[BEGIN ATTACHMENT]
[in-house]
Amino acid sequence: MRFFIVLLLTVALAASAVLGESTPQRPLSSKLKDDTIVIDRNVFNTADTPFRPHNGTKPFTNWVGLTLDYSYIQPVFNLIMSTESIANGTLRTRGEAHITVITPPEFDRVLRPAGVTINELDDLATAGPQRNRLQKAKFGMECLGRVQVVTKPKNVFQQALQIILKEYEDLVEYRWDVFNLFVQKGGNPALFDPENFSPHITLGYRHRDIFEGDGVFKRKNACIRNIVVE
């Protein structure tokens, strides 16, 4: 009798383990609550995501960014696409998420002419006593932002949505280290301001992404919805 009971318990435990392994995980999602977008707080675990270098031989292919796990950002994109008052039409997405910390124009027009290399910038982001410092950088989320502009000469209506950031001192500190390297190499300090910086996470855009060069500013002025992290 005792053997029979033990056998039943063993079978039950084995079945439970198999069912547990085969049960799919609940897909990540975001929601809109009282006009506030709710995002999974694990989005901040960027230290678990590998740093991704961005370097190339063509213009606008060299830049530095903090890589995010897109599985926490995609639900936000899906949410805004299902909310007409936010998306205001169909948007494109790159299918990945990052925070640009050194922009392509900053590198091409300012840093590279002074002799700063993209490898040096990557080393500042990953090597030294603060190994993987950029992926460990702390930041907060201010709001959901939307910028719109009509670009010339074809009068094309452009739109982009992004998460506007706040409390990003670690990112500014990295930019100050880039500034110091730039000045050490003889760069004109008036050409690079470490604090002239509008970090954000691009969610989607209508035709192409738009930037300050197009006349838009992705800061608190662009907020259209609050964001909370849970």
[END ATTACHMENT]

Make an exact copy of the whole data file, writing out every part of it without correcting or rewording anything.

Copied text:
[in-house]
Amino acid sequence: MRFFIVLLLTVALAASAVLGESTPQRPLSSKLKDDTIVIDRNVFNTADTPFRPHNGTKPFTNWVGLTLDYSYIQPVFNLIMSTESIANGTLRTRGEAHITVITPPEFDRVLRPAGVTINELDDLATAGPQRNRLQKAKFGMECLGRVQVVTKPKNVFQQALQIILKEYEDLVEYRWDVFNLFVQKGGNPALFDPENFSPHITLGYRHRDIFEGDGVFKRKNACIRNIVVE
């Protein structure tokens, strides 16, 4: 009798383990609550995501960014696409998420002419006593932002949505280290301001992404919805 009971318990435990392994995980999602977008707080675990270098031989292919796990950002994109008052039409997405910390124009027009290399910038982001410092950088989320502009000469209506950031001192500190390297190499300090910086996470855009060069500013002025992290 005792053997029979033990056998039943063993079978039950084995079945439970198999069912547990085969049960799919609940897909990540975001929601809109009282006009506030709710995002999974694990989005901040960027230290678990590998740093991704961005370097190339063509213009606008060299830049530095903090890589995010897109599985926490995609639900936000899906949410805004299902909310007409936010998306205001169909948007494109790159299918990945990052925070640009050194922009392509900053590198091409300012840093590279002074002799700063993209490898040096990557080393500042990953090597030294603060190994993987950029992926460990702390930041907060201010709001959901939307910028719109009509670009010339074809009068094309452009739109982009992004998460506007706040409390990003670690990112500014990295930019100050880039500034110091730039000045050490003889760069004109008036050409690079470490604090002239509008970090954000691009969610989607209508035709192409738009930037300050197009006349838009992705800061608190662009907020259209609050964001909370849970």